We found two rabbis who are the teachers of Torah as well as the directors and spiritual leaders of Chabad of Palmetto Bay .The guy took us near them and they introduced themselves as Rabbi Zalman and Chani Gansburg. They were husband and wife, and they greeted us and told us to get seated and also talked about the Shabbat ceremony. Rabbi zalman handed us a prayer book which could be read from right to left. It has the readings in Torah in printed form called ‘chumash’ meaning five, and that refers to the five books of torah. This book also has the English translations of the Hebrew prayers printed on it. Torah reading was going on at the temple, and they asked us to follow the readings in English. It was hard at first to pick up the page read, but later we identified it. Since the prayer was in Hebrew language, it was hard for us to understand anything. Occasionally during the prayer, worshipers say ‘amein’ after some recitations which means true. They insisted us to stand up when Arc is open, when the priest carry torah scrolls to room and while reading certain sections. I followed what other worshippers were doing.
Since my visit to the Jewish temple was on a Saturday, I was fortunate enough to participate in the Shabbat ceremony. Shabbat rituals are on the 7th day of the week that is the day of rest as commanded by Yahweh. According to the belief, God created the world in six days, and he took rest on the seventh day. According to Judaism, people should not work on Shabbat day unless it is some serious unavoidable jobs. Shabbat day begins with Friday evening after the sunset and ends in Saturday eve after one hour from candle lighting. The guy with us told that Shabbat includes ceremonies like candle lighting on Friday eve, Kiddush which is reciting of a blessing on a glass of wine or grape juice, lechem mishna which is blessing recited on two loaves of bread followed by meal, and Havdallah which marks the end of Shabbat with reciting blessings on wine, and candle lighting and fragrant spice. In the Jewish temple, there were ceremonies from the early morning itself like songs, prayers and torah reading. After these celebrations, Kiddush ceremony was started in the temple. There was wine, cake, chollah etc which are normally donated by people or an individual for the congregation in the temple. Rabbi recited Kiddush over the wine and after reciting, the congregation answered ‘amen’. After that, rabbi began to drink wine which followed us to have a sip of wine and a chollah piece. We had a great time there, and it gave us an opportunity to mingle with other people in the congregation. All were behaving very well with us and were very much willing to help us in knowing about various religious practices. After the Kiddush ceremony was over, everyone was heading to their home for lunch. The rabbi Chani Gansburg was noticing us and headed towards us. She was looking to arrange Shabbat meals for us from any nearby family. So she soon contacted women who was staying near the temple and arranged Shabbat meals for us from that nearby family. The meals started with lechem mishna which is the blessing over two loaves of bread and meal was served which was very delicious with soup, fish, meat and various side dishes. We thanked the family for such a warm welcome and such a delicious dish, and returned to Chabad of palmetto.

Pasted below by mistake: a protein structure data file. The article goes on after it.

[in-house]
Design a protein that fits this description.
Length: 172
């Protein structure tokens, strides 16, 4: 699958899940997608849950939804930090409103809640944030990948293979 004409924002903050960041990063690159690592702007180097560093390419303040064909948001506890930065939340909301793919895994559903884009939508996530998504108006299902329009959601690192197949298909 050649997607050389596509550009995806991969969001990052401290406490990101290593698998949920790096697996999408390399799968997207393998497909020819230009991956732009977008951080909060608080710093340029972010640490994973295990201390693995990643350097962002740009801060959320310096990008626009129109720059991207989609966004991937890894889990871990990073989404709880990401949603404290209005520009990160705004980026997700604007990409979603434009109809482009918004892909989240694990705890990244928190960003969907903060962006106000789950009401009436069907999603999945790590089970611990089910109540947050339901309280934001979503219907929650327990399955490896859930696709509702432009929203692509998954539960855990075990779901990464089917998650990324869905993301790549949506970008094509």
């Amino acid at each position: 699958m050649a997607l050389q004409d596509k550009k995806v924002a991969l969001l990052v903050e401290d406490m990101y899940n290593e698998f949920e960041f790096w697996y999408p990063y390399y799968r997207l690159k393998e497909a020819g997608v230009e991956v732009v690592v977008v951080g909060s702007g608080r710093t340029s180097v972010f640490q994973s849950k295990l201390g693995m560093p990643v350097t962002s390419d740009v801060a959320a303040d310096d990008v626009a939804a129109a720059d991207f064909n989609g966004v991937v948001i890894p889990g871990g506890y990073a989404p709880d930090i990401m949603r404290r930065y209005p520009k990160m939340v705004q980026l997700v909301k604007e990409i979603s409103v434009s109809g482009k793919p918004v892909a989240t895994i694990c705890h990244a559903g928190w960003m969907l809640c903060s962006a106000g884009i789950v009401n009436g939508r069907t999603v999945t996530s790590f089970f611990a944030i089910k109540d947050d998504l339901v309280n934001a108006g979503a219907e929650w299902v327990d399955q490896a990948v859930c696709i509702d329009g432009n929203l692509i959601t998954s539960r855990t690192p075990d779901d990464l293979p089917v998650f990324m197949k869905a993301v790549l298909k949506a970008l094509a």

Since we had a busy schedule, we have to leave the temple after the noon, and we went to meet the rabbis to thank them. Both of them talked us about the various aspects of Judaism, and it was an inspiring spiritual talk. Rabbi zalman also insisted us to stay till havdalla, the end of Shabbat ceremony, but when we told him about our tight schedule he agreed with us. We also went near the guy who helped us to thank him, and returned from Chabad of palmetto back to our homes. Overall, it was such a wonderful experience for me to take part in the awesome Shabbat ceremony and to enjoy the traditions and rituals of Jews.
Chabad.org. separation in the synagogue. Retrieved from http://www.chabad.org/library/article_cdo/aid/160962/jewish/Separation-in-the-Synagogue.htm
Israel Ministry of Foreign Affairs. About the Jewish religion. Retrieved from http://www.mfa.gov.il/mfa/aboutisrael/spotlight/pages/about%20the%20jewish%20religion.aspx